The move, proposed by Alex Kirschenbaum Sports Illustrated “All Lakers” page, would send Russell Westbrook, a first-round pick and two second-round picks to Philly in exchange for Harris and sharpshooter Furkan Korkmaz.
“Adding Harris to the Lakers front line would give the team a two-way floor-spreader at the three or four spot (he could play either position next to LeBron James),” Kirschenbaum wrote.
He added: “Though a bit overpaid, Harris is pretty darn good for what he could give the Lakers as the club’s third scoring option capable of taking on the defensive assignments James just can’t handle at his advanced age. Korkmaz, basically a throw-in to match Westbrook’s salary, gives the point guard-heavy Lakers more size as a 6’7″ shooting guard with solid three-point ability.”
Lakers Eyeing Deals for Long-Term Success
The Lakers would have to be really convinced that Harris would be a good fit next to LeBron James and Anthony Davis, not only for this season but also next, seeing as he’s under contract for $39.27 million. The Lakers would also give up one of their valuable first-round picks, cutting down what they could do down as they look to bolster the roster.
What Harris does bring is some experience being the third option, finding ways to contribute playing alongside James Harden and Joel Embiid with the Sixers. Harris is a solid two-way player, averaging 16.3 points and 6.3 rebounds per game. He’s also hitting his 3-pointers at a 37.4% clip this season, which would be a bonus for the inconsistent shooting Lakers.
Korkmaz would help in that regard as well as a 35.4% shooter from deep over his career.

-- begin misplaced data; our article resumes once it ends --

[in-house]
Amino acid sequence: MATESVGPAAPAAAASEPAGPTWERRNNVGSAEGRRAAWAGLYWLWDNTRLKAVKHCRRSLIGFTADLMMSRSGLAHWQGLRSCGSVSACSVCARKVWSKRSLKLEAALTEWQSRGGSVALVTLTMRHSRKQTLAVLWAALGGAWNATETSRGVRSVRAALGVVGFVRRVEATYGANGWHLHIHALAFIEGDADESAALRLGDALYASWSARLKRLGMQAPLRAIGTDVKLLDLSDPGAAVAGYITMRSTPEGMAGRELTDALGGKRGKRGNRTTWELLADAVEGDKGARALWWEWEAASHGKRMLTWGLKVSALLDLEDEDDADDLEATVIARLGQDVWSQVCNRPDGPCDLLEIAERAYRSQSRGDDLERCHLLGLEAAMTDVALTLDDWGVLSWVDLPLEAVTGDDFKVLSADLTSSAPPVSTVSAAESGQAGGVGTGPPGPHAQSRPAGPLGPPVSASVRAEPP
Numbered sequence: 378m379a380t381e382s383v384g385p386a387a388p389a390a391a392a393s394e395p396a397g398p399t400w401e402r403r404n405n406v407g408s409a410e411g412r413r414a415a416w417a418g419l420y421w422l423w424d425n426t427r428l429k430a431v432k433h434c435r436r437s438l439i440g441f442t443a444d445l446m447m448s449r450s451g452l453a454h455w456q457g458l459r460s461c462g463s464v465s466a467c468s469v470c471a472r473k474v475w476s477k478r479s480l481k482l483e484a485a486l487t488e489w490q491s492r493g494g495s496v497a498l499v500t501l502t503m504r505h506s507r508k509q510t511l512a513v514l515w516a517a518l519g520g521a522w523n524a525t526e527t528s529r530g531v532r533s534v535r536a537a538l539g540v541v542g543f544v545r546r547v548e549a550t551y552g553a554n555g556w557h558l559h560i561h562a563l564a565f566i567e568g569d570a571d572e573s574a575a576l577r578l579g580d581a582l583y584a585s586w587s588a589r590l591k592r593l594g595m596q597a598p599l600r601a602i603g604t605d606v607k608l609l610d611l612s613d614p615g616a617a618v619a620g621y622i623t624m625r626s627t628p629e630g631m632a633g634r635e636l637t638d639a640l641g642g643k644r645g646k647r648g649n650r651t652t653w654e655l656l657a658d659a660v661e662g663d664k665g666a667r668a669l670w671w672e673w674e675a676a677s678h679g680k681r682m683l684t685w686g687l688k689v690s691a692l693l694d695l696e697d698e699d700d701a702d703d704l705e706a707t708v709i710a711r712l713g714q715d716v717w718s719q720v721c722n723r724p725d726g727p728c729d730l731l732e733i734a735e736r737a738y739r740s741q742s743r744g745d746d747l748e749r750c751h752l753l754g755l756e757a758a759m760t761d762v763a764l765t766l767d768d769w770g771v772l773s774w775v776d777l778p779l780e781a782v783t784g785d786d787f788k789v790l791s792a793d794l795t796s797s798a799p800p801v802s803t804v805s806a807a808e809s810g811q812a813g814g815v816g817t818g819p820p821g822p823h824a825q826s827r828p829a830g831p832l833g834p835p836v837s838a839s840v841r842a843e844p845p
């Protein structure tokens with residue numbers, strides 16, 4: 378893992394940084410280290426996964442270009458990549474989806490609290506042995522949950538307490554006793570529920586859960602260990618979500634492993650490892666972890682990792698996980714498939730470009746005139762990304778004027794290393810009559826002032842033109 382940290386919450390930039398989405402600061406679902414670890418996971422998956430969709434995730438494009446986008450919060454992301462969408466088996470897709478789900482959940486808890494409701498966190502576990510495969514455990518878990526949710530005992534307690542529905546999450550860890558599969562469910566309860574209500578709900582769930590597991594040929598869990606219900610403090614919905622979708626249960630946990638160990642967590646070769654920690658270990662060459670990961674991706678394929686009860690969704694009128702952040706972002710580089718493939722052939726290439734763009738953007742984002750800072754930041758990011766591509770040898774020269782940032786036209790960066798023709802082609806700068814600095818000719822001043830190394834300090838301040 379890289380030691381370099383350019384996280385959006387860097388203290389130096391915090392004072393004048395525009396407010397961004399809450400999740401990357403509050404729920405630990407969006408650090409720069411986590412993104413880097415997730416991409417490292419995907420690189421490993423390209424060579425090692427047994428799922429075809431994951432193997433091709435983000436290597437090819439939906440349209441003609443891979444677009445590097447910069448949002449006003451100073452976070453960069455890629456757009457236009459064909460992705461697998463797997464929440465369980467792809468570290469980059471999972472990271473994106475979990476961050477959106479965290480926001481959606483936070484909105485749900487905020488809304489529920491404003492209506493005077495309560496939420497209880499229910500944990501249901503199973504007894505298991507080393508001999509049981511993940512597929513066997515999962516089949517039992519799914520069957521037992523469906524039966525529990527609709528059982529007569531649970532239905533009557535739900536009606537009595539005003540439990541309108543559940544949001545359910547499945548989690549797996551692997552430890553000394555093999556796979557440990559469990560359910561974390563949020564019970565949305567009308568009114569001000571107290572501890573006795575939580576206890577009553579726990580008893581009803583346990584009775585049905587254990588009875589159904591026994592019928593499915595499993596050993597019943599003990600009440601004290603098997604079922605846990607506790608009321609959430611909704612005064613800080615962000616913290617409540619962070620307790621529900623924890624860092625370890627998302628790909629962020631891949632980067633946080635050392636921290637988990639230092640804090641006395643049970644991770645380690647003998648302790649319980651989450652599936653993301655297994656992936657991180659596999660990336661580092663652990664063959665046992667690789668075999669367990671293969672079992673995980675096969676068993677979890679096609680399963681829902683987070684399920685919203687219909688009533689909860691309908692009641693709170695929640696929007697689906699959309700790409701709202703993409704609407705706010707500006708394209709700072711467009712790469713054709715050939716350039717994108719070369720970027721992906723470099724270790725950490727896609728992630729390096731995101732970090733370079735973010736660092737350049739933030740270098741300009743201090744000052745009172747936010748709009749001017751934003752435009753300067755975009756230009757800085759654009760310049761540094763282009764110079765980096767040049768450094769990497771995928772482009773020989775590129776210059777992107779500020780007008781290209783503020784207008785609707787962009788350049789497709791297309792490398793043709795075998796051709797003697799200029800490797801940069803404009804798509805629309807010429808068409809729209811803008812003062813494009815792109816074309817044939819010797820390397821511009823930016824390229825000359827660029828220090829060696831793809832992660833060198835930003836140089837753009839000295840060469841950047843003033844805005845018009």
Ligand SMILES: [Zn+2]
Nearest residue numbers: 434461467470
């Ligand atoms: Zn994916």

But neither player would fulfill what the Lakers are looking for in terms of long-term gains. Harris is 30 and has some injury issues, which is the last thing LA wants to deal with after their recent seasons that have been defined by missed time. ESPN’s Dave McMenamin made it clear that the Lakers are staying patient as they evaluate their options.
“If the right deal emerges that will make them — in their eyes — a better team over the next, like, three years, that’s their priority,” McMenamin said on an episode of “That’s OD.” “They want the team to get to the best level it can get while LeBron James is still on the roster. But if that means not making that deal in February and playing out the rest of this season with the group that they have and knowing that they feel like there’s gonna be a better deal in July in the offseason, they’ll do that.”
LeBron James Putting Pressure on Lakers to Make Move
James has made it clear that he’s not content playing below-.500 basketball, with the 38-year-old wanting to capitalize on the final stretch of his career.
“I’m a winner and I want to win,” James told reporters on December 28. “And I want to win and give myself a chance to win and still compete for championships. That has always been my passion, that has always been my goal since I entered the league as an 18-year-old kid out of Akron, Ohio.
“I don’t wanna finish my career playing at this level from a team aspect. I still want to compete for championships. I know what I can bring to any ball club with the right pieces.”
James’ public comments sparked a five-game winning streak by the Lakers but they’ve now dropped three straight after climbing back into playoff contention. But James has not taken his foot off the gas, continuing to produce at an MVP level. He’s averaged 32.8 points, 10 rebounds and 8.4 assists since the New Year.